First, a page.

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As residents and community leaders across San Antonio weigh three propositions on November’s ballot that would use a portion of sales tax revenue to continue to fund the City’s pre-K program, establish job training and education programs, and expand mass transit, the campaigns behind those initiatives raised big bucks to convince them to vote yes.
Many voters still have questions about each initiative and the Keep Pre-K 4 SA, Ready to Work SA, and Yes for Mobility political action committees have raised more than $1 million among them for promotional campaigns, according to the latest campaign finance reports posted this week.
From July 1 to Sept. 24, the Keep Pre-K 4 SA PAC – which has the largest war chest –raised nearly $770,000, according to its latest report. Pre-K 4 SA was first approved by voters in 2012 and is seeking re-authorization for a one-eighth-cent sales tax for another eight years.
The workforce development PAC, which started its campaign late in the summer, pulled in $183,000 from Aug. 13 to Sept. 24. So far, it’s spent $97,200. The Ready to Work SA workforce development program would reallocate a separate one-eighth-cent from sales tax that is currently used for aquifer protection and trail development to job training and scholarships. The four-year, $154 million program is aimed at 40,000 workers who lost their jobs or are underemployed because of the coronavirus pandemic and at addressing generational poverty that existed in San Antonio long before.
When that tax expires in 2025, VIA Metropolitan Transit wants voters to approve shifting it again – in perpetuity – towards improving its public transportation system in 2026. VIA receives less than three-quarters of a percent of the City’s share of sales tax (1 percent) while most transportation agencies in large Texas metropolitan areas dedicate a full cent.
Meanwhile, City Council voted to continue the Edwards Aquifer Protection Program with debt funded through its annual budget, and Bexar County has promised to find funding for the trail system next year. A recent Bexar Facts/KSAT/San Antonio Report poll found overwhelming support for the three ballot propositions, but many voters surveyed are concerned about taking the sales tax away from the aquifer and trail programs.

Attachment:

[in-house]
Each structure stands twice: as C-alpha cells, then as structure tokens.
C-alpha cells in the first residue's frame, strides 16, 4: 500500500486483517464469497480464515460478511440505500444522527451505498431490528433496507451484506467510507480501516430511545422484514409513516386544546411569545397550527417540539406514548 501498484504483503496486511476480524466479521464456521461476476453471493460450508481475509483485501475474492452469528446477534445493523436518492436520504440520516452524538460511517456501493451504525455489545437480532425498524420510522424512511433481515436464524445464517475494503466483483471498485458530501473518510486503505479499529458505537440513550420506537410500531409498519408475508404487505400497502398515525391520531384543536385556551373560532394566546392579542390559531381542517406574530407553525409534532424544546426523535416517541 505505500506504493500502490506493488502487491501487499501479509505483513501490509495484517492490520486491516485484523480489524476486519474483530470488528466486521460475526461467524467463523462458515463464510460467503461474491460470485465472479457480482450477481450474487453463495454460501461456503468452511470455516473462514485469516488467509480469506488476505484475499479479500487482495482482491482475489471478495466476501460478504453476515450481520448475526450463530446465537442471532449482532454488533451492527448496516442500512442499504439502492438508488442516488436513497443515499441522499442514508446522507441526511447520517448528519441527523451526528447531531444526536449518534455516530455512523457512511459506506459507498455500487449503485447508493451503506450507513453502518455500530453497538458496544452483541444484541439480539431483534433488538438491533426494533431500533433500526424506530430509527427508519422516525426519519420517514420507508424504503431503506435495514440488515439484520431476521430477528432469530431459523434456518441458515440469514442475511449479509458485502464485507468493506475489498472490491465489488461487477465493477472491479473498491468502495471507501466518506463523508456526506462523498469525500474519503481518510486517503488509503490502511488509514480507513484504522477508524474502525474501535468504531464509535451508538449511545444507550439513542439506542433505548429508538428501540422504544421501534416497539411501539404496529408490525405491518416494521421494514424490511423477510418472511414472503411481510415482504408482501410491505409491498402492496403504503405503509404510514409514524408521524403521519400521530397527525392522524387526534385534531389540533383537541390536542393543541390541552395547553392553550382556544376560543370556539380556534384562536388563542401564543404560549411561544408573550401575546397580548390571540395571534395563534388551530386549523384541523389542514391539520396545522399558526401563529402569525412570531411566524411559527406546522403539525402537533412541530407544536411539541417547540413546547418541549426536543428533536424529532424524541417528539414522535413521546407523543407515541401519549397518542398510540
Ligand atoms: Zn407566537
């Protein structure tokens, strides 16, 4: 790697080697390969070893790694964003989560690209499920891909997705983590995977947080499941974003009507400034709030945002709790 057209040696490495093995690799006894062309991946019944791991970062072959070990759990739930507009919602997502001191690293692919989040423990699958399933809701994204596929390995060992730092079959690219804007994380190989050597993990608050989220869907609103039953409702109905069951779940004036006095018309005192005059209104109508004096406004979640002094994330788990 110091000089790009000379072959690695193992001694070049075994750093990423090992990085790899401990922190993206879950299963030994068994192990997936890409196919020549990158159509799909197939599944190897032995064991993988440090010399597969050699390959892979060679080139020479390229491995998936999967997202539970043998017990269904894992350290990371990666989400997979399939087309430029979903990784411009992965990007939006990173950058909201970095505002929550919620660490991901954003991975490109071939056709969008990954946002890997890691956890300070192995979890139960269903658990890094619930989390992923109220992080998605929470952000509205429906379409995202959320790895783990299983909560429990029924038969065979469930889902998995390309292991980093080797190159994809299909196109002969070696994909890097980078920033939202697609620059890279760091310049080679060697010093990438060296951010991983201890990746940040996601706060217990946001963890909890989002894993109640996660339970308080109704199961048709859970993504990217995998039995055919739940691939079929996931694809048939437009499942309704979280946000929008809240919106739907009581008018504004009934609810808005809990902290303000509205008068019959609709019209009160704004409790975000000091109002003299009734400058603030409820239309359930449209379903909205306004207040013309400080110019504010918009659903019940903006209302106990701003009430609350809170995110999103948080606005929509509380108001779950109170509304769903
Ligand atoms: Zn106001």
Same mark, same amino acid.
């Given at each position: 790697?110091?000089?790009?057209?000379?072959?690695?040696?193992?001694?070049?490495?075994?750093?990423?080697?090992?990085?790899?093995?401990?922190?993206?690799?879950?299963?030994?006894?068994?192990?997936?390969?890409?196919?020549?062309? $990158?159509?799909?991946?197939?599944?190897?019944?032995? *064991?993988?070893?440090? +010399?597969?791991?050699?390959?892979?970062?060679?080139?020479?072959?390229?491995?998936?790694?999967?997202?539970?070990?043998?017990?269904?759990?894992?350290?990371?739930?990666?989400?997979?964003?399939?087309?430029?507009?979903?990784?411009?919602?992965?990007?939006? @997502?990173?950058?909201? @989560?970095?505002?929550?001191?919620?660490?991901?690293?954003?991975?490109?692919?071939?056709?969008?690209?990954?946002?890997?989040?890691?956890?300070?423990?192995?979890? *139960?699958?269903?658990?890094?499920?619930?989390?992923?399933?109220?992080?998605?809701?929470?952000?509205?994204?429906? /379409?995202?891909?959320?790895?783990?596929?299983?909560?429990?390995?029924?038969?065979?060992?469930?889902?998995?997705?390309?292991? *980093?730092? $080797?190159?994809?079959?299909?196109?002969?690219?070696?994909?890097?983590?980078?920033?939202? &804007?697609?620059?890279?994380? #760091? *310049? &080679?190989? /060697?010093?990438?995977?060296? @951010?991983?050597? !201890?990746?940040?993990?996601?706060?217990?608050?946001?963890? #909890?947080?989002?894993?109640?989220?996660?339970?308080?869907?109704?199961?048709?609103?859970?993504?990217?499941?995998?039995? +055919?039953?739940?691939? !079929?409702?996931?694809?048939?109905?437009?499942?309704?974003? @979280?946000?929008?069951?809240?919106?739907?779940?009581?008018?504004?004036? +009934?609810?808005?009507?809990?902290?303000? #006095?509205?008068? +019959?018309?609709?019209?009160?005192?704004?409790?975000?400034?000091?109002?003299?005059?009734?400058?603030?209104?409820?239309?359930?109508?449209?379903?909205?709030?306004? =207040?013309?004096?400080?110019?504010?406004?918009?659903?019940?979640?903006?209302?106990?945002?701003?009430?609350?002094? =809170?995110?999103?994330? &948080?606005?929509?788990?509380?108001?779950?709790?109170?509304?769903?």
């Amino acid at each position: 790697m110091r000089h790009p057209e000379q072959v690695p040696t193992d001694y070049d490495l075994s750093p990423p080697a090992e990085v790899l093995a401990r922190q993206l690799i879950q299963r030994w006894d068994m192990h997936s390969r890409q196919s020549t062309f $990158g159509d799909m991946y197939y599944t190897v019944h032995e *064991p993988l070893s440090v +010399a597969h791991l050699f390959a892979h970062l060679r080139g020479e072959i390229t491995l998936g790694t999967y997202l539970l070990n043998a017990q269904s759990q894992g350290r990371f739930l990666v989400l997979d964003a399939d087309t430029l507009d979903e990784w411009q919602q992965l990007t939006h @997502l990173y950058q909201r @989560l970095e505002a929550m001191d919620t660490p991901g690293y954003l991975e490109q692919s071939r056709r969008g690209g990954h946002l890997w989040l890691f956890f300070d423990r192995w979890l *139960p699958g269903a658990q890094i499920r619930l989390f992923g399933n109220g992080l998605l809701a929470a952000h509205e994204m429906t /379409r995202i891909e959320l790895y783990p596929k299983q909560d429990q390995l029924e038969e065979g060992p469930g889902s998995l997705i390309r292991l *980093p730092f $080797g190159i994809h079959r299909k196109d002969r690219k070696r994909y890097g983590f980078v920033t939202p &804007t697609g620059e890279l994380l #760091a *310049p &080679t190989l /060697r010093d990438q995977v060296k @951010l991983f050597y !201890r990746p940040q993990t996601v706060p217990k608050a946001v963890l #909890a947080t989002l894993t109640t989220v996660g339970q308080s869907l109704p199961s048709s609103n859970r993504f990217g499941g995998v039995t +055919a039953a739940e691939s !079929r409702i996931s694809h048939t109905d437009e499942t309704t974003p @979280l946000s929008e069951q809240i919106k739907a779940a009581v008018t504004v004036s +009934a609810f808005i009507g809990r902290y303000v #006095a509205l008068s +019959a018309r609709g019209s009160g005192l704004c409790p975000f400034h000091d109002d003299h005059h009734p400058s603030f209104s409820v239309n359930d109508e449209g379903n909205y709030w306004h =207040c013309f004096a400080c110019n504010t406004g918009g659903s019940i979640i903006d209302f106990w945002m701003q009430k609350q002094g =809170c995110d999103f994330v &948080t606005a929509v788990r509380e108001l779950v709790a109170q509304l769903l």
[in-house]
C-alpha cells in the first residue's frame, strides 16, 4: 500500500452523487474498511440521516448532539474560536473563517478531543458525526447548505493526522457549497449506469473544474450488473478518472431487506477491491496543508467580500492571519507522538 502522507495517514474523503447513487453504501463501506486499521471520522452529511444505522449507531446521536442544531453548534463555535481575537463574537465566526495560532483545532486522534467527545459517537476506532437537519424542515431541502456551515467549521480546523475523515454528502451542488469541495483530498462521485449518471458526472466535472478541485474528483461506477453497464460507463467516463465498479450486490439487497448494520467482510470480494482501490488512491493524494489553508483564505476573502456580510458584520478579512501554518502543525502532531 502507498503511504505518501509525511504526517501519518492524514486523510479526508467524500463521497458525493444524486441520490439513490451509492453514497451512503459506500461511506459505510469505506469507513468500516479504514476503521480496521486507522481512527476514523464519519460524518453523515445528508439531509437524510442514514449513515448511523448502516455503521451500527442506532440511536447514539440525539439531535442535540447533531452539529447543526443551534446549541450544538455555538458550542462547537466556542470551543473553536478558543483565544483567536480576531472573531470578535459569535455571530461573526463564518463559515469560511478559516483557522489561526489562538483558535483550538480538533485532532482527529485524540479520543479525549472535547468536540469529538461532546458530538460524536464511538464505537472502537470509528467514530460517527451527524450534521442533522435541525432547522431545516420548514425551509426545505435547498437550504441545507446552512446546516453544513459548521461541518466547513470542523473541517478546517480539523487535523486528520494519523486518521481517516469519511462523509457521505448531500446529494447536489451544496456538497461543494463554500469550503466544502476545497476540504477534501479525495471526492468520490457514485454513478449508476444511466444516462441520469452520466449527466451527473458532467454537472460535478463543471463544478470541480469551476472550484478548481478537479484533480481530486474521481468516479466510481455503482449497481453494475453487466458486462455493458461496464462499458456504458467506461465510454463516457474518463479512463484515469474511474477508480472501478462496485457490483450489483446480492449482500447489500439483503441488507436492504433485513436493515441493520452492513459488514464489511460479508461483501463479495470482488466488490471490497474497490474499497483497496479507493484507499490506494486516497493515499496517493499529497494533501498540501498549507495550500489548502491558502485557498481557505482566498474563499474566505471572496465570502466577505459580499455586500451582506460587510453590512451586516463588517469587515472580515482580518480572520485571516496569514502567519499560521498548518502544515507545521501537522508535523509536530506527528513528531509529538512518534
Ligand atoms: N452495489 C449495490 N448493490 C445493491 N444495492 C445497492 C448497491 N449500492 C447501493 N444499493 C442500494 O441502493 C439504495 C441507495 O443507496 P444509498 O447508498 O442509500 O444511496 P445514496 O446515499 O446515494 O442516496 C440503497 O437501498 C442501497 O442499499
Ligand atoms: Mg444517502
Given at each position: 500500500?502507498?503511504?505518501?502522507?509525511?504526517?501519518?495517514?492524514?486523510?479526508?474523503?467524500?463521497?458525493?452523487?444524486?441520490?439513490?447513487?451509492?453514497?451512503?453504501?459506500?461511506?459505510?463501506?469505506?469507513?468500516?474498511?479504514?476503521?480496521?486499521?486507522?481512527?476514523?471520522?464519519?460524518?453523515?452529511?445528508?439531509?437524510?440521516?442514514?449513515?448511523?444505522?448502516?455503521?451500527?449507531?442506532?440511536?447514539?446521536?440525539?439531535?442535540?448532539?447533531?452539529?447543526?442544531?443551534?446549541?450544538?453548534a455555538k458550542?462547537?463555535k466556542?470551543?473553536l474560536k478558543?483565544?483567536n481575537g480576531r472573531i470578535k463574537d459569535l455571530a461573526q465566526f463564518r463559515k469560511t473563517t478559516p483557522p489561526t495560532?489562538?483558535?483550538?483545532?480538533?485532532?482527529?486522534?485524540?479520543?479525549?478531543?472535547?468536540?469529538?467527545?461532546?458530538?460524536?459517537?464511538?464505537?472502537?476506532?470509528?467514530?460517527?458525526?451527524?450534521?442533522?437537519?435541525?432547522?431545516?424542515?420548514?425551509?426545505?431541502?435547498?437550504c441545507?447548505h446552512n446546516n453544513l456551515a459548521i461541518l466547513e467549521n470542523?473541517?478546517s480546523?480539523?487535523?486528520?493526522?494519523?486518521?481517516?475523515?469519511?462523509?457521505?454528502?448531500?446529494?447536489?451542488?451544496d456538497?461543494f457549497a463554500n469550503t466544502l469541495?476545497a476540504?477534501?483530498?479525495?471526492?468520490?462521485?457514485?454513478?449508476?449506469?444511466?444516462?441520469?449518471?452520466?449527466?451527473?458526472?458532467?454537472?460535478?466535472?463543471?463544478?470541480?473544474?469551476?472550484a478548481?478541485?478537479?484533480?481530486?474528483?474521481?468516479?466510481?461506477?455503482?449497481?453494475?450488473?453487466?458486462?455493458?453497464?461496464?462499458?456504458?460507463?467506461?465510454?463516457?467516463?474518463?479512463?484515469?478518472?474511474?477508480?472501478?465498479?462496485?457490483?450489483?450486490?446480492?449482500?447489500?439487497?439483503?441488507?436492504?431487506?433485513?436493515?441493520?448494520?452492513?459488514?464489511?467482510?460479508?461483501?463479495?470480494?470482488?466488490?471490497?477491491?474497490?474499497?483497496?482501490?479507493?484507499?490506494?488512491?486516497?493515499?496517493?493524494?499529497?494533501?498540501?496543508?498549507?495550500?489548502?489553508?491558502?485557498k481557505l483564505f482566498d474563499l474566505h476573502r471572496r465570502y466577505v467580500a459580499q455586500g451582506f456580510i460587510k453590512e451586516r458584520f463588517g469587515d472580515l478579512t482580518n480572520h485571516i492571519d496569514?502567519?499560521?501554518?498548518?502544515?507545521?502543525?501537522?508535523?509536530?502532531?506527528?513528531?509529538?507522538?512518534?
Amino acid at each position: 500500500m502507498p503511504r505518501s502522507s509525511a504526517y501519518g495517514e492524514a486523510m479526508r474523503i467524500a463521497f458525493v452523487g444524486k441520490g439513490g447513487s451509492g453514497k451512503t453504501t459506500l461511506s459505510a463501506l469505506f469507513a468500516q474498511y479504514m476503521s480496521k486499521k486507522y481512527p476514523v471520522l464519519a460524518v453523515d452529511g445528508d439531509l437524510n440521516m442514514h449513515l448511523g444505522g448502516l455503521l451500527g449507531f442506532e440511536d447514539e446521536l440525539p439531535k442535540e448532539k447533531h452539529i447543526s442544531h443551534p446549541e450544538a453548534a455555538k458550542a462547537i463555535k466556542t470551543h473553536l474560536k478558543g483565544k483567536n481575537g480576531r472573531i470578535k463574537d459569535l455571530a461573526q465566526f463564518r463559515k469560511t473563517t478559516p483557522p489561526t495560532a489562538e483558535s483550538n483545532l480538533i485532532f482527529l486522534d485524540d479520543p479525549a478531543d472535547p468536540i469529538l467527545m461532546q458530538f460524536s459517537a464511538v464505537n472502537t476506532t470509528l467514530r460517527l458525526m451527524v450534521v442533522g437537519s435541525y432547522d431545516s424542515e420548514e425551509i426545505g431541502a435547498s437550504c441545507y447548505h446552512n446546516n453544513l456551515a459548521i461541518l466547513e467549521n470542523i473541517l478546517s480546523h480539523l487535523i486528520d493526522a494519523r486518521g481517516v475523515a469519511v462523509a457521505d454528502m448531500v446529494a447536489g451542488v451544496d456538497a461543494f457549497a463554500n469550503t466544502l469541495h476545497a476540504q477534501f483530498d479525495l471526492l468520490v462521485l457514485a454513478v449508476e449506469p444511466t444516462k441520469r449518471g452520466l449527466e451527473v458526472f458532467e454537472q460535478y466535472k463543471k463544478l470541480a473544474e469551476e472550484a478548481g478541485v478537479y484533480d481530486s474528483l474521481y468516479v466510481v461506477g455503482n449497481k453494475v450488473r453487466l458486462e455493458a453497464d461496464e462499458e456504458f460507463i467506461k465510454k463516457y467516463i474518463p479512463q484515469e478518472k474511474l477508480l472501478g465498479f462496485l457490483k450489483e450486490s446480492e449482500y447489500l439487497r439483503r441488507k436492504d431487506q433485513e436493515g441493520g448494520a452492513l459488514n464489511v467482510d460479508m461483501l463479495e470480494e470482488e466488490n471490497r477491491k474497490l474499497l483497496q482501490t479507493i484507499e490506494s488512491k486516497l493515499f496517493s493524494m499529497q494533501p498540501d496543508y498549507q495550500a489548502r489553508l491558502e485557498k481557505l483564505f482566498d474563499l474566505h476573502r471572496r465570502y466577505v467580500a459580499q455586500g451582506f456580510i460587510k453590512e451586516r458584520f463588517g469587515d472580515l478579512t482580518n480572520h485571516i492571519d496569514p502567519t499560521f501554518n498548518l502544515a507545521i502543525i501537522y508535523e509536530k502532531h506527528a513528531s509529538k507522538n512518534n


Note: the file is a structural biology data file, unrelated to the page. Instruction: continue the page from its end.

During virtual debates held this week, opponents of the workforce and transportation initiatives said there aren’t enough details about what the money will be used for or enough data to support city leaders’ contention that the investment will pay off. A main criticism of VIA’s initiative is that it’s asking voters to approve a tax reallocation in 2020 that won’t take effect until 2026.
Initially, VIA wanted its tax to start next year, but Mayor Ron Nirenberg brokered a compromise to get the workforce initiative funded first. The transit agency agreed to wait, but is asking voters to commit the funding now.
“The tax doesn’t happen until 2026 – why don’t we just wait?” former District 6 Councilman Greg Brockhouse said during a discussion on his social media platforms Tuesday. Brockhouse narrowly lost a bid to unseat Nirenberg in 2019 and opposes the workforce and transportation taxes.
During a separate event, VIA board trustee Marina Alderete Gavito explained that “if we had it our way, we’d have [the tax allocation] tomorrow” but the agreed-upon compromise will help the local economy recover.
“VIA is underfunded, and we are trying to right-size the budget for us,” she said.